A Bud Selig statue is a bad move
The Milwaukee Brewers announced this week that they will erect a statue of former Brewers owner and current MLB commissioner Bud Selig in front of their stadium this summer. (Readers may insert their favorite Beavis and Butthead reference here.)
I'm not sure whose idea this was, but Selig might want to tell them to reconsider this honor. Nothing against Selig, but honoring any team owner or former team owner with a statue is asking for trouble.
Athletes provoke warm, fuzzy feelings in fans. Put up a statue of Willie Mays (San Francisco), Roberto Clemente (Pittsburgh), Bob Feller (Cleveland), Al Kaline (Detroit) or Ted Kluszewski (Cincinnati) and you'll not only have a work of art, you'll soon have a popular gathering spot for fans of all ages. The gloomiest, most miserable people on Earth will hand $500 cameras to total strangers so they can pose with the statue for their Christmas card photo, hugging the figure more tightly than their own spouses. Kids will climb all over the statue, and their parents will be so busy snapping photos they'll forget to warn the kids they might fall and break their arms. Grandparents will point to the statue and tell stories about the player to their grandkids, with such emotion that pigeons will go to the bathroom elsewhere out of respect.
You don't have to be a player to inspire these reactions; statues of non-athletes can inspire as well. The Harry Caray figure outside Wrigley Field and the Jack Buck statue outside Busch Stadium always draw fans.
But an owner? The suit who controls ticket and beer prices? The filthy-rich man who demands that taxpayers help pay for new stadiums to make him even richer? The meddlesome guy who fails to re-sign a beloved star and then gives a boatload of cash to a free agent so fat he uses real donuts on his bat in the on-deck circle? Giving him a statue is just a bad idea. It's like putting up a statue of a politician. You're guaranteed to tick off at least half the people.
John Sisko, a good friend and a nationally renowned sculptor, said that celebrating athletes with statues is a great tradition, allowing us to gaze upon the near-nude human figure without shame.
"The appreciation of those athletes is like sports in that it is a celebration of the body in the moment," he said. "You could have a sculpture that celebrates an athlete in that moment, and when the moment passes, there is no contradiction 50 years later -- we can love the sculpture and love the athlete, and we may know that the athlete is now 75, and there is not a conflict." Memorializing non-athletes who are still alive in the same way, he said, is kind of creepy. "It is like you are trying to force an agreed-upon institutional 'memory' of a person that is alive."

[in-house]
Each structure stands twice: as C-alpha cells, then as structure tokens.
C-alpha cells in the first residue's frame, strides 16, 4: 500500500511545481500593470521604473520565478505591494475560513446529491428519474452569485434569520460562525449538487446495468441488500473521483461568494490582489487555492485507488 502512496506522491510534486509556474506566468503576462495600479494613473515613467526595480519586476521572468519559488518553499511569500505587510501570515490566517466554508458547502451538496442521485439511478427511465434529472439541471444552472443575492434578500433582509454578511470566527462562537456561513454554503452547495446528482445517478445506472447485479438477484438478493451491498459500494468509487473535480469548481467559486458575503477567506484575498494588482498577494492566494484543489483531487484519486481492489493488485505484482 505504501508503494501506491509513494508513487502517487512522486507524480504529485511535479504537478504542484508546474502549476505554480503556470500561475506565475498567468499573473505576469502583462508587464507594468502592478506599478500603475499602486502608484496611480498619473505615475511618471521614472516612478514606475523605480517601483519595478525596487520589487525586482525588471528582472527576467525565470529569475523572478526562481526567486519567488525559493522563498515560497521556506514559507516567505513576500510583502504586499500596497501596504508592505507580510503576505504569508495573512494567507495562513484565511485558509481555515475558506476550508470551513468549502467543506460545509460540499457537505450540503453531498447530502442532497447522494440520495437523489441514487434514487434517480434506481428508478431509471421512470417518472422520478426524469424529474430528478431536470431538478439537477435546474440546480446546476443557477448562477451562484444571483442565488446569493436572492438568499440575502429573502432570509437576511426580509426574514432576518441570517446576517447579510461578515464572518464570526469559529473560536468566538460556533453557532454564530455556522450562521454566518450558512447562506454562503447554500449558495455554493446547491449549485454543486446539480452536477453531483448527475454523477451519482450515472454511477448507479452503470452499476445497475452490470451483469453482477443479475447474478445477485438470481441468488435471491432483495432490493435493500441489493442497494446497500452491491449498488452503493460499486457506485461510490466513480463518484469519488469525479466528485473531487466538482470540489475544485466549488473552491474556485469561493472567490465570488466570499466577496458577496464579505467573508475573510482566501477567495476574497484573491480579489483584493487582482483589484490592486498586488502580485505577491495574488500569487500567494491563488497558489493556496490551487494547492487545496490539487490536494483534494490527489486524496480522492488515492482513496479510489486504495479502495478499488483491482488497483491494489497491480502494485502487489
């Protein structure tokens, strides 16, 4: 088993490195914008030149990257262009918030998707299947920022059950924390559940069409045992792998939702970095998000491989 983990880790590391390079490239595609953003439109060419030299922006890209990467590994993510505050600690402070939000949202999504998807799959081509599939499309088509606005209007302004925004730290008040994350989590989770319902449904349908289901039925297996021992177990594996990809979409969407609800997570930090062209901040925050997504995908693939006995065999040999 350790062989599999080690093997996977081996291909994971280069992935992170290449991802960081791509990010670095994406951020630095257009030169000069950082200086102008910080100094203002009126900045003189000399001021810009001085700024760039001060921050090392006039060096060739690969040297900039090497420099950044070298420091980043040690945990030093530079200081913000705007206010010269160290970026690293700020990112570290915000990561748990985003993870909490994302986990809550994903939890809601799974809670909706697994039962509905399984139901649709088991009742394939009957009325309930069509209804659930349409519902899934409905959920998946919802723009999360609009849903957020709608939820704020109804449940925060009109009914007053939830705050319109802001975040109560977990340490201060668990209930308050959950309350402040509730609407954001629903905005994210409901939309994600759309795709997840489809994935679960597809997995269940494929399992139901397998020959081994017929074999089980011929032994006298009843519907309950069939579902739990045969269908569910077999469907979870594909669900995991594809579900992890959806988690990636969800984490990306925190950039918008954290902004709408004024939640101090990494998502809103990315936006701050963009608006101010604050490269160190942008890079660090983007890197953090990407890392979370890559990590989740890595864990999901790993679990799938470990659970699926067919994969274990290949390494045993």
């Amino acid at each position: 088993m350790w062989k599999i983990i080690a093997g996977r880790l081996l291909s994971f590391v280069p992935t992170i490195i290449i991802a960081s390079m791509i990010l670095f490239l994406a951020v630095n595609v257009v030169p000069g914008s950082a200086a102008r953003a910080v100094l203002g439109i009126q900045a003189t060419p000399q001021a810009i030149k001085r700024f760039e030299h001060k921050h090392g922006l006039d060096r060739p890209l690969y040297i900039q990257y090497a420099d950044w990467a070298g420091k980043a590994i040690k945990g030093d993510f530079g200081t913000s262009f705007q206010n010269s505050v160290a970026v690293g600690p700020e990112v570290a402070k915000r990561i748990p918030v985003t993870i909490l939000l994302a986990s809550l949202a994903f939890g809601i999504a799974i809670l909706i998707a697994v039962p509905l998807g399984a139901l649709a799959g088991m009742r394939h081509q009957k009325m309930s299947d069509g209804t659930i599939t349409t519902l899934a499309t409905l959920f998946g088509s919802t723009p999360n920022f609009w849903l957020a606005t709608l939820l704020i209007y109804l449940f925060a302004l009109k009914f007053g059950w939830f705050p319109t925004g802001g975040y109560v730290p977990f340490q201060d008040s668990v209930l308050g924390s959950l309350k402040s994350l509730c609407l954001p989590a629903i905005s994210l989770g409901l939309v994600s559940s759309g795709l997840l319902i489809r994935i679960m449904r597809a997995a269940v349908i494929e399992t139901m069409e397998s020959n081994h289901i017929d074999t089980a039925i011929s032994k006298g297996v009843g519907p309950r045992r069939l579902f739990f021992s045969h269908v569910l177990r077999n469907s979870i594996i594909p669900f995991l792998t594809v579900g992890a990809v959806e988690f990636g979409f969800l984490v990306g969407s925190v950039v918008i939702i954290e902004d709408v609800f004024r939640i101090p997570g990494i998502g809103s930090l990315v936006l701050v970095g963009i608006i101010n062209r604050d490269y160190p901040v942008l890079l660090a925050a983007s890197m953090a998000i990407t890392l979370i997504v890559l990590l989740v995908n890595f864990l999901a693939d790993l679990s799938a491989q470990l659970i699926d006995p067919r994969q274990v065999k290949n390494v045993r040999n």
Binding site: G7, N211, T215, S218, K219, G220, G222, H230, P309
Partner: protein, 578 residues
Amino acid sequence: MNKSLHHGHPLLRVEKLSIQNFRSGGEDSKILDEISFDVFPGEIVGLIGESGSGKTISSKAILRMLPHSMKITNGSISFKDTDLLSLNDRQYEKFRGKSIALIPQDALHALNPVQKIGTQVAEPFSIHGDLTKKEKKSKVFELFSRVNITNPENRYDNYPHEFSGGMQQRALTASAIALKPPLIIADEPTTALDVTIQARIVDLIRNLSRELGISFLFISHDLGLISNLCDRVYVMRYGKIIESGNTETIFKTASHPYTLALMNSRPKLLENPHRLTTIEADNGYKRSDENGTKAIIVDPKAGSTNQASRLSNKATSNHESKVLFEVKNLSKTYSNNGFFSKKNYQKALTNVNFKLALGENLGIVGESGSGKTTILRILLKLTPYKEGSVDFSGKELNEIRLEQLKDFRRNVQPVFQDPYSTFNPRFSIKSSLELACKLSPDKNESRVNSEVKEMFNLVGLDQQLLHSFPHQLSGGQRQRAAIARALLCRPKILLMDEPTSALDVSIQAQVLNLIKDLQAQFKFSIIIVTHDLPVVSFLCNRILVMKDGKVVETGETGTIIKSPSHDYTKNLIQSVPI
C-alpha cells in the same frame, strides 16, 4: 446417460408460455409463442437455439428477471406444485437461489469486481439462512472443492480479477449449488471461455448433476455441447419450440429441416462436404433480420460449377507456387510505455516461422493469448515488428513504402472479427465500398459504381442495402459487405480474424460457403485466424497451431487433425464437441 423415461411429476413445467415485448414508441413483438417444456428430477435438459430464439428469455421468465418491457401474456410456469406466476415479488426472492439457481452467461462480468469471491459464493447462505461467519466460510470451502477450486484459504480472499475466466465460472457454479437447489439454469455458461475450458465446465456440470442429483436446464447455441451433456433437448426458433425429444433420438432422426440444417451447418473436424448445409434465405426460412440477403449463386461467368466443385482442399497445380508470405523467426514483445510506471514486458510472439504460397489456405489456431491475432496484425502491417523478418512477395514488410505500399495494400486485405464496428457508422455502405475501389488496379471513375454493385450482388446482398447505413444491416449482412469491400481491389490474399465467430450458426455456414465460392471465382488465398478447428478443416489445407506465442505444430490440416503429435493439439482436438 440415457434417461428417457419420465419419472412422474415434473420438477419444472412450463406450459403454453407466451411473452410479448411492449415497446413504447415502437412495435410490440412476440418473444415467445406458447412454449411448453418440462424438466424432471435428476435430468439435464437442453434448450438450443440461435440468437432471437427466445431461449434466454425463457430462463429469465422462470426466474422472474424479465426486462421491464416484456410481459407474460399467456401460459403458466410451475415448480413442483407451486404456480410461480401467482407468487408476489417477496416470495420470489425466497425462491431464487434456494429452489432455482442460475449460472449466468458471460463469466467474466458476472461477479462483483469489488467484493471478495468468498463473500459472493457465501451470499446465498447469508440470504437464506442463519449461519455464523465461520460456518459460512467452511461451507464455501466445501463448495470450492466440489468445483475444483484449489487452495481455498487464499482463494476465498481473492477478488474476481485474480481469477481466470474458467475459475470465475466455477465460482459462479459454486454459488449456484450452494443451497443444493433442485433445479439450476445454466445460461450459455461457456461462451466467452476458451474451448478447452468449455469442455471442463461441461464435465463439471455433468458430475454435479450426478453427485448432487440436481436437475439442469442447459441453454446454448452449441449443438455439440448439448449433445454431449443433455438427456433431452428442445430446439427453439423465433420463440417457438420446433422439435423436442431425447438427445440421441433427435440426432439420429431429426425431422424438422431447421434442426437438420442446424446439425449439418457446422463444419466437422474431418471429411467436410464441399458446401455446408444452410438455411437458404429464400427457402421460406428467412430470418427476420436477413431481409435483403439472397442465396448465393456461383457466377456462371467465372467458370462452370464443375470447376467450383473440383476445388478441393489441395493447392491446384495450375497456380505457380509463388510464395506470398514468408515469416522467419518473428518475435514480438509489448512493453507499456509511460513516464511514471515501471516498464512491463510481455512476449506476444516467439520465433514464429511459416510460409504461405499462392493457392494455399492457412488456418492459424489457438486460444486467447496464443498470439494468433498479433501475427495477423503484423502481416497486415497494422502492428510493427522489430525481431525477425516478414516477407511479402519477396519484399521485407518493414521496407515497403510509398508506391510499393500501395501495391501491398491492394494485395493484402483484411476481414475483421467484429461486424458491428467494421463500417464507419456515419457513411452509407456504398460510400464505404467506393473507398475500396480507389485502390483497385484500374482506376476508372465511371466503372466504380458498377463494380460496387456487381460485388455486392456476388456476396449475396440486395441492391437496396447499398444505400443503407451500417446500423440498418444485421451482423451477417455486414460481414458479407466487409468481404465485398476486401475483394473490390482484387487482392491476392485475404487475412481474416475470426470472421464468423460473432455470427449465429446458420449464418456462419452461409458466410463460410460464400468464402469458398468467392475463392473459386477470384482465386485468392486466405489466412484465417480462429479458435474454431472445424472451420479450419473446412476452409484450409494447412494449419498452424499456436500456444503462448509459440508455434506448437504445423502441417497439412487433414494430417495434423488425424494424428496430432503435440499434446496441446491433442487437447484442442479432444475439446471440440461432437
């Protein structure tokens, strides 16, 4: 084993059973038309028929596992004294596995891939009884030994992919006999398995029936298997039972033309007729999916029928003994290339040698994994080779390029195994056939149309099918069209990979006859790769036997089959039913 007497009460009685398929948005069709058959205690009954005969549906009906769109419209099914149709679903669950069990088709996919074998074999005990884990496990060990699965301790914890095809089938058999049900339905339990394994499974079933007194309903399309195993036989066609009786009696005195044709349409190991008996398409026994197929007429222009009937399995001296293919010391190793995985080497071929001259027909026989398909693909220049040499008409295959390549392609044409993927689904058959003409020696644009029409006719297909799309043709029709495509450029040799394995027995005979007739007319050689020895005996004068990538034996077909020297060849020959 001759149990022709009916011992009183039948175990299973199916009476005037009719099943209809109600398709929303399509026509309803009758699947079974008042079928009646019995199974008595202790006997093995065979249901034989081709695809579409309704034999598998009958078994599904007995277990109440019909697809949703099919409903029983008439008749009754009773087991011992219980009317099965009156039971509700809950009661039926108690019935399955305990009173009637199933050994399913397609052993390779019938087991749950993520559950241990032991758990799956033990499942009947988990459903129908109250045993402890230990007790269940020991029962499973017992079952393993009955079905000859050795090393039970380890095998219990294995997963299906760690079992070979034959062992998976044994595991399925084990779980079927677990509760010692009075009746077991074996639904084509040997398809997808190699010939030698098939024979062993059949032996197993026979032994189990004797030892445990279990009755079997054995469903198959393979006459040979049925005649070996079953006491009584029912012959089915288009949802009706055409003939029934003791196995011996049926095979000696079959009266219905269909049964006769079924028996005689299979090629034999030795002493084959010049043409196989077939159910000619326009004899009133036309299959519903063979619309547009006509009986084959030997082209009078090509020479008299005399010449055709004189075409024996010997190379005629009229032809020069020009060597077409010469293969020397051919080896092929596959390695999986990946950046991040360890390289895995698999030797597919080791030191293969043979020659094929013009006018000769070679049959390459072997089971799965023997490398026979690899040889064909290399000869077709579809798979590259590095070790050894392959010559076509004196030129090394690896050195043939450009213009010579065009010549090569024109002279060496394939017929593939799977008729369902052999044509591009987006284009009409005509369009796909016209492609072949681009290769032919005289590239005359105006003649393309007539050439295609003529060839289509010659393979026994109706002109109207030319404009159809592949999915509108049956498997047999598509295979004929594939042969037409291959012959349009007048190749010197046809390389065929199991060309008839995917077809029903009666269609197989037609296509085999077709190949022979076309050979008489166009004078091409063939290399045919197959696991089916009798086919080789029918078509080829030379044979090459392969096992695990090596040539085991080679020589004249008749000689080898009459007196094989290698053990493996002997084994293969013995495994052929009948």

Brewers fans could recall Selig as the man who brought the Brewers to Milwaukee, and a World Series to the city in 1982. Or they could just as likely remember how he never got them back to the postseason after that, and lost Paul Molitor to free agency after offering him a paycut.
Fans outside Milwaukee could remember how as commissioner that Selig added the wild card and ushered in an era of record attendance and revenue. More likely, though, they will remember him for how he hijacked the Pilots from Seattle after one season. How he canceled the World Series in 1994. How he tried to kill off the Expos and Twins in 2001. How he ended the All-Star Game in a tie in 2002. Not all these things are entirely his fault, but he's the one who lives with the blame.
The Selig statue will reportedly stand near the ones currently honoring Hank Aaron and Robin Yount. That's like standing next to George Clooney and Clive Owen; you're only going to suffer by comparison. The Selig statue also will be more than seven feet tall. The Brewers were considering a similarly proportioned statue of Prince Fielder, but decided there isn't enough bronze on the planet for that.
Here are the rules for receiving the honor of a statue at a stadium:
1. You wore a uniform instead of a suit during your career.
2. You used your voice to provide play-by-play rather than demand a tax-funded ballpark.
And that's pretty much it for statues. Anyone else should settle for a bobblehead.
Besides, there are other ways to honor an owner, although they've generally fallen out of favor. In bygone days, owners would name their ballparks after themselves, but that is a rarity now. Rather than slap their names on the sides of stadiums, today's owners usually desire no greater honor than selling off the naming rights for $100 million.
Sigh. It could be worse. Instead of a bronze statue, it could be an animatronic Bud Selig who keeps arguing with an animatronic Donald Fehr about arbitration, salaries and the plight of small-market teams.
Jim Caple is a senior writer for ESPN.com. You can follow him on Twitter at jimcaple.